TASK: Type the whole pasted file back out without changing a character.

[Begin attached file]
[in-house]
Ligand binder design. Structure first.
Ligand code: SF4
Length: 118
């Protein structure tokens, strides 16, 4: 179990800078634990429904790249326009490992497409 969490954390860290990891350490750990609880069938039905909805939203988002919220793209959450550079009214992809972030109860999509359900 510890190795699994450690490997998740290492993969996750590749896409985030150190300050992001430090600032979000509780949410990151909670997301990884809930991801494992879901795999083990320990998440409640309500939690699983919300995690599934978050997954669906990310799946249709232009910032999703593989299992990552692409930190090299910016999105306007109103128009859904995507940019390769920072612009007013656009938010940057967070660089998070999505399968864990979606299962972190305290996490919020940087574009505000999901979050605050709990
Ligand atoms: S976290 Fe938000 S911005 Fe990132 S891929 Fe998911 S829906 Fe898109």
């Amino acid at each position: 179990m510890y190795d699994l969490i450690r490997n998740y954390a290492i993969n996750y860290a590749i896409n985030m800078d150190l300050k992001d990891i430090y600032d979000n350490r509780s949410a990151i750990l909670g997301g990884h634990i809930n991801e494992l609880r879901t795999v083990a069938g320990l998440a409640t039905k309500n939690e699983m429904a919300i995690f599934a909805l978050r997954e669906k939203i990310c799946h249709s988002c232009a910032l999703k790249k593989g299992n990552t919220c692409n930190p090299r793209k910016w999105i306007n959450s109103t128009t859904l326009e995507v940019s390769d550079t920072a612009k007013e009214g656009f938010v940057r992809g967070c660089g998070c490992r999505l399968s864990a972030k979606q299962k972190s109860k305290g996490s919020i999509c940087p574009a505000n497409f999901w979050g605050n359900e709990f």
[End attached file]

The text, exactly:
[in-house]
Ligand binder design. Structure first.
Ligand code: SF4
Length: 118
């Protein structure tokens, strides 16, 4: 179990800078634990429904790249326009490992497409 969490954390860290990891350490750990609880069938039905909805939203988002919220793209959450550079009214992809972030109860999509359900 510890190795699994450690490997998740290492993969996750590749896409985030150190300050992001430090600032979000509780949410990151909670997301990884809930991801494992879901795999083990320990998440409640309500939690699983919300995690599934978050997954669906990310799946249709232009910032999703593989299992990552692409930190090299910016999105306007109103128009859904995507940019390769920072612009007013656009938010940057967070660089998070999505399968864990979606299962972190305290996490919020940087574009505000999901979050605050709990
Ligand atoms: S976290 Fe938000 S911005 Fe990132 S891929 Fe998911 S829906 Fe898109």
């Amino acid at each position: 179990m510890y190795d699994l969490i450690r490997n998740y954390a290492i993969n996750y860290a590749i896409n985030m800078d150190l300050k992001d990891i430090y600032d979000n350490r509780s949410a990151i750990l909670g997301g990884h634990i809930n991801e494992l609880r879901t795999v083990a069938g320990l998440a409640t039905k309500n939690e699983m429904a919300i995690f599934a909805l978050r997954e669906k939203i990310c799946h249709s988002c232009a910032l999703k790249k593989g299992n990552t919220c692409n930190p090299r793209k910016w999105i306007n959450s109103t128009t859904l326009e995507v940019s390769d550079t920072a612009k007013e009214g656009f938010v940057r992809g967070c660089g998070c490992r999505l399968s864990a972030k979606q299962k972190s109860k305290g996490s919020i999509c940087p574009a505000n497409f999901w979050g605050n359900e709990f």